Sunday May 28th, 2023

Meta Winds Down Its Support for Digital Collectibles on Social Media

The move comes just months after rolling out the digital collectible functionality to over 100 countries.

NFTYScene Team

Barely one year after announcing plans to allow sharing of digital collectibles on its Instagram platform, and rolling out the functionality to 100 countries, Meta is now putting the project on pause. Meta announced that their social media platforms, Instagram and Facebook, will no longer support collectible NFTs.

Stephane Kasriel, Commerce and FinTech Lead at Meta, confirmed on Twitter that the company is winding down support for NFTs to focus on finding "other ways to support creators, people, and businesses." The announcement came as a shock to many creators on the platform, especially as Meta only launched NFT functionality in recent months. Instagram began testing NFT features with select creators in May 2022, and the features were enabled for users in 100 countries in August. However, the platform's core NFT functionalities, including the ability to buy, sell, and mint NFTs, were only added in November.

Despite Meta's high hopes, the demand for NFTs has been dampened by the bear market, and even big names such as Coinbase and OpenSea have struggled to make an impact with their own NFT marketplaces. Last year, Deutsche Bank predicted that if just 2% of Instagram's active users embraced NFTs, it would result in 44 million users, significantly higher than the number of users who use OpenSea. However, it seems that Meta is getting cold feet, having already taken a huge battering because of its heavy investment in the metaverse. This decision is a huge blow to the NFT sector, which had started to gain mainstream recognition after a dramatic bull market in 2021.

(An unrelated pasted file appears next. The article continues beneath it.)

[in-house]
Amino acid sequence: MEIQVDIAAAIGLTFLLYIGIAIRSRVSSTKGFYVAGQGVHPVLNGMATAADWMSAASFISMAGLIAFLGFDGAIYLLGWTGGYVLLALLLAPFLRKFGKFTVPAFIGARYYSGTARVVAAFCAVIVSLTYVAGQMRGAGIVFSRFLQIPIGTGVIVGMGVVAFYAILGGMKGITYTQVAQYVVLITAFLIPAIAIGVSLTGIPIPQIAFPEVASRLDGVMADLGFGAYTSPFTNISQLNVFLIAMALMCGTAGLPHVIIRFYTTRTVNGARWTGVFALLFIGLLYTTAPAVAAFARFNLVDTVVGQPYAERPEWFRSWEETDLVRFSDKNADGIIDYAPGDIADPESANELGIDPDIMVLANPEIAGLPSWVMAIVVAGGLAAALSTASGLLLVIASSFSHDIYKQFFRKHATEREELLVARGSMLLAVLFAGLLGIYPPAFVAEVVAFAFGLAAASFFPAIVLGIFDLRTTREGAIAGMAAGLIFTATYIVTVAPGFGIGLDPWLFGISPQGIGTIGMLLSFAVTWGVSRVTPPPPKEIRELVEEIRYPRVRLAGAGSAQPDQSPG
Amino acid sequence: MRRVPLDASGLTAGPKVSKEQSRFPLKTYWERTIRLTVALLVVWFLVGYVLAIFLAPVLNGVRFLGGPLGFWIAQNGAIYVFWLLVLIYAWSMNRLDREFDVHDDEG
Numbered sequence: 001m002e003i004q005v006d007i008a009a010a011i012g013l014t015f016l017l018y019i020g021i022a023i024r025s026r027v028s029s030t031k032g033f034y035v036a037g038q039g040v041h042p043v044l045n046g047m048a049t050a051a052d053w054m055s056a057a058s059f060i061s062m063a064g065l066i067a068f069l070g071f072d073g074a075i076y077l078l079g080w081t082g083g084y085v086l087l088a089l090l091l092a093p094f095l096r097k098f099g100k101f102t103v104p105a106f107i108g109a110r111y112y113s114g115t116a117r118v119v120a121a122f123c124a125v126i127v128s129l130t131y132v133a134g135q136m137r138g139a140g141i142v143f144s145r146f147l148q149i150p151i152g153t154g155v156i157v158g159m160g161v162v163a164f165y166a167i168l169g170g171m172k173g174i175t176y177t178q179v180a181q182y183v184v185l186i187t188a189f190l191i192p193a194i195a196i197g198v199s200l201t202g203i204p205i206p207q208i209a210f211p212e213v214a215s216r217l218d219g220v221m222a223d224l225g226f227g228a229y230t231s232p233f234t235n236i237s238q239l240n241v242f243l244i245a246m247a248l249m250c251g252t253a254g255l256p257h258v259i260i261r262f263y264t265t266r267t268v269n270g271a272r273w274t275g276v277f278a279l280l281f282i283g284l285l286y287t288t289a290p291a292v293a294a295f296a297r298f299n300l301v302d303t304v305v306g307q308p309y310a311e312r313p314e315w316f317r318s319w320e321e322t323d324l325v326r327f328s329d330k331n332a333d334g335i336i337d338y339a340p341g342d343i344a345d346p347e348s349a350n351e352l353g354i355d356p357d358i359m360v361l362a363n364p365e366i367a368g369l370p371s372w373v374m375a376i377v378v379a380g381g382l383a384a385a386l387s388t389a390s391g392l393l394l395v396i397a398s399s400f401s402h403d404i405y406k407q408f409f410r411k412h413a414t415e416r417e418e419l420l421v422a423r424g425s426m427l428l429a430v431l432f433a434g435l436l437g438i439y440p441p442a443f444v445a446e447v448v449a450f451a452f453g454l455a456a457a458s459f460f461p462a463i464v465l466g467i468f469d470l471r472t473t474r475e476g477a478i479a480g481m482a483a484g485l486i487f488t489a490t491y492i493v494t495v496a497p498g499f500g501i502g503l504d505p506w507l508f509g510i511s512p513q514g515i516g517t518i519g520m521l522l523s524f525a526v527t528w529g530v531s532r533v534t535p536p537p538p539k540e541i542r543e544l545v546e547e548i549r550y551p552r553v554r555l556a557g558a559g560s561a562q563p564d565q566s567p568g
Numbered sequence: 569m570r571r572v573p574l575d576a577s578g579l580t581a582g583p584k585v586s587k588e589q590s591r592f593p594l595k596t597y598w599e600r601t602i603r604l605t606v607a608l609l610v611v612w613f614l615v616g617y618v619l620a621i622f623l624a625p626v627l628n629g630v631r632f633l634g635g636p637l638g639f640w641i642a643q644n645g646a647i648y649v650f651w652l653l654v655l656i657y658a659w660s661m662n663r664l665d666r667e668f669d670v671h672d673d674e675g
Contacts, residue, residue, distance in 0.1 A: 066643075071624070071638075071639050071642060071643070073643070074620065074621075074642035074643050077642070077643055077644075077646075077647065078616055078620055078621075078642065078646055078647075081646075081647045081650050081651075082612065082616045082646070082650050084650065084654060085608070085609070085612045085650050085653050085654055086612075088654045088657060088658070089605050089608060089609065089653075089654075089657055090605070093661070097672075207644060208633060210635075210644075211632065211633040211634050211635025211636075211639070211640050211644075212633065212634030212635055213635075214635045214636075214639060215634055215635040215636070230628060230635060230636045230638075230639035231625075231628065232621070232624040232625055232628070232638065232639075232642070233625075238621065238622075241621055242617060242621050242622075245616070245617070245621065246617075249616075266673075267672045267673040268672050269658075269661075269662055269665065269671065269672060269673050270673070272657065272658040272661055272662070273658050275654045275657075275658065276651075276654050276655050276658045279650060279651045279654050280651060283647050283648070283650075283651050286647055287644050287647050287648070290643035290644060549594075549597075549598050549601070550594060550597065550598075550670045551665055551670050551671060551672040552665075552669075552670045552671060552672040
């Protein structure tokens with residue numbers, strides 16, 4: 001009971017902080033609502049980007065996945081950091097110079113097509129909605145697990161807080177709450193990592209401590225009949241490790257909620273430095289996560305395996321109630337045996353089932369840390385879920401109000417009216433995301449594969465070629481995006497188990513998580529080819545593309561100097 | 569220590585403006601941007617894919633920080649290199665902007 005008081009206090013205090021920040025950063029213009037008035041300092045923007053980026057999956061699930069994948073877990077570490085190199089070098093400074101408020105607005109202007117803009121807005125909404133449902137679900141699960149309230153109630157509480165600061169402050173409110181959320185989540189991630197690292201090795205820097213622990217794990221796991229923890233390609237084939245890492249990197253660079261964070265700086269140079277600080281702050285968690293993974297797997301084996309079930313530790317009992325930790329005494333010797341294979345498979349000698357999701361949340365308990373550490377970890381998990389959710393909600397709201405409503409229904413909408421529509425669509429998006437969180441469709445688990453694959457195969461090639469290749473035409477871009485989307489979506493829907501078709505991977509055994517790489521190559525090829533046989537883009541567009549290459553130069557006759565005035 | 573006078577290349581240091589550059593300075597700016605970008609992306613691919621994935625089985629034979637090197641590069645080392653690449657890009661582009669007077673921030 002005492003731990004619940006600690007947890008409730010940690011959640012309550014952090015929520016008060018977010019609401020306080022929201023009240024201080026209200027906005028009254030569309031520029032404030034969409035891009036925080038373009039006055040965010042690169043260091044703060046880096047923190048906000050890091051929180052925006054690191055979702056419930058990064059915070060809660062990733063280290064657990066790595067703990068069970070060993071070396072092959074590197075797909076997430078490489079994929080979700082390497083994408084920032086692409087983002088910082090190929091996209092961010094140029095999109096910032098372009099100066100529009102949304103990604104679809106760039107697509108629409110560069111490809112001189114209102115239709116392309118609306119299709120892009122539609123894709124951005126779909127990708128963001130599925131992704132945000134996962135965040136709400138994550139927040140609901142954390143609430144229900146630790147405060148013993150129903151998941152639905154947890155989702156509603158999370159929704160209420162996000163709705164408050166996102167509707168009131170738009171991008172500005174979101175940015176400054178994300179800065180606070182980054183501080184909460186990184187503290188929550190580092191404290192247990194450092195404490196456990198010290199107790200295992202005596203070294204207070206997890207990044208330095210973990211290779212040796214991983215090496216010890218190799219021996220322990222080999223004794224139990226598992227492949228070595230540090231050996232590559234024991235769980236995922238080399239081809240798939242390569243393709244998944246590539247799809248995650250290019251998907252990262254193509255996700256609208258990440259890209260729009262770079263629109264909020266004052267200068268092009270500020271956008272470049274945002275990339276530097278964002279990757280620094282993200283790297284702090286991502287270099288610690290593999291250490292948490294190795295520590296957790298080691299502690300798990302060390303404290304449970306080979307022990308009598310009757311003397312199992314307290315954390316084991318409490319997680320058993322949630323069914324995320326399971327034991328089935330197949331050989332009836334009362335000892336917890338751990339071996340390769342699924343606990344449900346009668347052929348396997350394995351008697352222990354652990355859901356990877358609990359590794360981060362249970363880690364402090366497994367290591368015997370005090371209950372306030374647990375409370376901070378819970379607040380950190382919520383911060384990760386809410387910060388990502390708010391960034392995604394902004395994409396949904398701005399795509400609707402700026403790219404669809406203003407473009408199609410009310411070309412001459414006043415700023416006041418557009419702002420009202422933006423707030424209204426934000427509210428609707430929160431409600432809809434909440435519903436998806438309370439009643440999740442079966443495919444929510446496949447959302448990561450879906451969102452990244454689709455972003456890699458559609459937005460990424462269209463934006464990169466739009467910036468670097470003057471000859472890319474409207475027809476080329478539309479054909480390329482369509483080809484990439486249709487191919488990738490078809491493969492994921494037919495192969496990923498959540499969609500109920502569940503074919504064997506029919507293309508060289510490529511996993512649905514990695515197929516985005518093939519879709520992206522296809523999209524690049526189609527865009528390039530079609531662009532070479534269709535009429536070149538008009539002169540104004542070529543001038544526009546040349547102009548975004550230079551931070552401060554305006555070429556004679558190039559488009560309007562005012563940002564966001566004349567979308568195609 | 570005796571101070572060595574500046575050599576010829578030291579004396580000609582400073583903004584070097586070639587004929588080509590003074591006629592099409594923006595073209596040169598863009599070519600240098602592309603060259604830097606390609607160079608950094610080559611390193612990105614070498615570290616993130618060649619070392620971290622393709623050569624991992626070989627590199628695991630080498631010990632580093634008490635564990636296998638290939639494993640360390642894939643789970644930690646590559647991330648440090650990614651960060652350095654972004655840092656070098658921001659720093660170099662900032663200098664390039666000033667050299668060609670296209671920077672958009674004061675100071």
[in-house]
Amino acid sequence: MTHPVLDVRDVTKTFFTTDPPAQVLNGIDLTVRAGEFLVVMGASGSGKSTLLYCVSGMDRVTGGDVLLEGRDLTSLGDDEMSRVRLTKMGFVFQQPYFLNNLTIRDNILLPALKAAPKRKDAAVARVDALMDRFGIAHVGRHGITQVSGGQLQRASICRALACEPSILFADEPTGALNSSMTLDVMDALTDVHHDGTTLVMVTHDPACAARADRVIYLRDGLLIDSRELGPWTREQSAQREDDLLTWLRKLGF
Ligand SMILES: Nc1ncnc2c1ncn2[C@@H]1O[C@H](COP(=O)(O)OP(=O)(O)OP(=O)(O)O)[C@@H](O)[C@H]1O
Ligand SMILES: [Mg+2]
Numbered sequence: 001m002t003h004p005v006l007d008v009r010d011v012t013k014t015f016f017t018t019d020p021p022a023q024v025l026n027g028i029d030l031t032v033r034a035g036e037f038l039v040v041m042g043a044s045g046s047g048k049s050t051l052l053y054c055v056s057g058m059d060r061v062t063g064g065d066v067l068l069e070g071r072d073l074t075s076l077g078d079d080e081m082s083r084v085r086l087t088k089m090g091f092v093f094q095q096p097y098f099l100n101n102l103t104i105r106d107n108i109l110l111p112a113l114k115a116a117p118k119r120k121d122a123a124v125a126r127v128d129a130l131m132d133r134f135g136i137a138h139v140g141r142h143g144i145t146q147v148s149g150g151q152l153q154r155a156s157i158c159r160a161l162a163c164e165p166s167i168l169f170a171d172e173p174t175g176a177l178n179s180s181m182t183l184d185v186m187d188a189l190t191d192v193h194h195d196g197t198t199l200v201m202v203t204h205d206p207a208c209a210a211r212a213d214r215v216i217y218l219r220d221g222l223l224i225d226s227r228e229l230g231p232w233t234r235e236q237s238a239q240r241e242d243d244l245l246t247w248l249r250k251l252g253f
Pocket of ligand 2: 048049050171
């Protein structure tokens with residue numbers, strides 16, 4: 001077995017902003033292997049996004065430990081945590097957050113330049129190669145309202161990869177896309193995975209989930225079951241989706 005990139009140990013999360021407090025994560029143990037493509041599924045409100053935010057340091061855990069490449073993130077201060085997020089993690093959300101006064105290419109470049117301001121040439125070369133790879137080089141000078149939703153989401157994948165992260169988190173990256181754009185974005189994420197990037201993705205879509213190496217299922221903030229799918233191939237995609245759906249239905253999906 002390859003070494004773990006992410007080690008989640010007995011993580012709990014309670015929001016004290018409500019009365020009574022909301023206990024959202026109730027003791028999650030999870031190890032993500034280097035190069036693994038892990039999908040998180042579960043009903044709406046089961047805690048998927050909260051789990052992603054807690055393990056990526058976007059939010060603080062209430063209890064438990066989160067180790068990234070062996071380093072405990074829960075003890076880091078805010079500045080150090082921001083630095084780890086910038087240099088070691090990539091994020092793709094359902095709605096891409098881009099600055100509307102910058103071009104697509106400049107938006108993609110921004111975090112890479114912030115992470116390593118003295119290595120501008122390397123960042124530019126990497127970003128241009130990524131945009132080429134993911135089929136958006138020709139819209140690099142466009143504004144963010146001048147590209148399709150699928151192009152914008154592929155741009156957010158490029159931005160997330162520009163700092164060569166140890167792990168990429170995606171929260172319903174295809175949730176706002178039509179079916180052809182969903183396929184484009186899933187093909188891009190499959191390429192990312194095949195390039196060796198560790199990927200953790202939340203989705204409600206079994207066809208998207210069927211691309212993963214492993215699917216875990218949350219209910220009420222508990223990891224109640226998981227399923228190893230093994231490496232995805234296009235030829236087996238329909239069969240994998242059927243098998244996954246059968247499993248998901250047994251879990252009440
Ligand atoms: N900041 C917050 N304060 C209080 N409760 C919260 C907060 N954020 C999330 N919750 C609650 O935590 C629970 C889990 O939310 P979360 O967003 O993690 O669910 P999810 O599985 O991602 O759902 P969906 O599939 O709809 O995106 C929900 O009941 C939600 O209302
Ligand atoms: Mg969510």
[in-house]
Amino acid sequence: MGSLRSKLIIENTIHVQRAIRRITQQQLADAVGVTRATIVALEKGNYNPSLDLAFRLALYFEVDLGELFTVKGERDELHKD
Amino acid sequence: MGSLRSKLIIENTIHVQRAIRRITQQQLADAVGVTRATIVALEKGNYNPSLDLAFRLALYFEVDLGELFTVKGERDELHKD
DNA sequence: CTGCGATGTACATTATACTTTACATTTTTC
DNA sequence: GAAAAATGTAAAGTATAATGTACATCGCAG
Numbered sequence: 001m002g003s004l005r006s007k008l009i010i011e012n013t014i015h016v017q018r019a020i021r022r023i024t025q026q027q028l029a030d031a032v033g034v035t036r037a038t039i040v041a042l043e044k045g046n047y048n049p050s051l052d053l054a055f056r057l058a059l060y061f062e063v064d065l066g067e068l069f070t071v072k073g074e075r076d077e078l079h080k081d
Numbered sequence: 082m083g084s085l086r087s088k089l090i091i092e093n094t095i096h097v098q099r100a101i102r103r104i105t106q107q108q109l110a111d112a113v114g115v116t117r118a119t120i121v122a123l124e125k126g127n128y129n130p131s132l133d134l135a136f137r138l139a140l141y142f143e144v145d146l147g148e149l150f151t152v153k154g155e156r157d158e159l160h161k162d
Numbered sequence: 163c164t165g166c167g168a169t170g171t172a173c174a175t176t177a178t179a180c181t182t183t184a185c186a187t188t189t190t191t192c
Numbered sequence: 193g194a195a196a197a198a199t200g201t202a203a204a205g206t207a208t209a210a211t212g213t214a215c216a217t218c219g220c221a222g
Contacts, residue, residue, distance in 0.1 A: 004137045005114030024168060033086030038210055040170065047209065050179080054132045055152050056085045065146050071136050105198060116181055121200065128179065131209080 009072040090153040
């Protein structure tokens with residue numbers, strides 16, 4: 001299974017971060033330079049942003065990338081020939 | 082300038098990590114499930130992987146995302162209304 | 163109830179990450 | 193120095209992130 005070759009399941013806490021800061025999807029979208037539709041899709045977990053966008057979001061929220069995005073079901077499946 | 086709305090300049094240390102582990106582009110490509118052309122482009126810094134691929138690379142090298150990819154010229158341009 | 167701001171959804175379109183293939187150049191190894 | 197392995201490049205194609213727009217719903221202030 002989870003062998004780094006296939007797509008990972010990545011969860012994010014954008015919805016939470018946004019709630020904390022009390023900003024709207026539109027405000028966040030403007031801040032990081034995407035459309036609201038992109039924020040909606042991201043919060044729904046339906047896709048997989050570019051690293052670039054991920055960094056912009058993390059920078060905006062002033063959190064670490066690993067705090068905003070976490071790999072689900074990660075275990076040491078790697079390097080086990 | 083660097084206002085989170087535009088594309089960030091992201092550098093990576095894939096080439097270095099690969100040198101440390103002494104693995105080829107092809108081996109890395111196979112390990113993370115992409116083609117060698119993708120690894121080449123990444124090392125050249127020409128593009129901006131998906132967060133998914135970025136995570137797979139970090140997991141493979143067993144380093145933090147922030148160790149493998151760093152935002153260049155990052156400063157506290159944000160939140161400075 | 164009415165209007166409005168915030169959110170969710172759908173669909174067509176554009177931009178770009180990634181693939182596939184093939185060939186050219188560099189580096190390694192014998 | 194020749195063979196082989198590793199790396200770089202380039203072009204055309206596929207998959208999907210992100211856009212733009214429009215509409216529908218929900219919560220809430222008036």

That being said, it’s still early days and possibly too soon to forecast the future success and durability of NFTs. Indeed, this February NFT trading hit volumes of $2 billion, representing a spike in recent months and demonstrating the continuing demand for digital collectibles.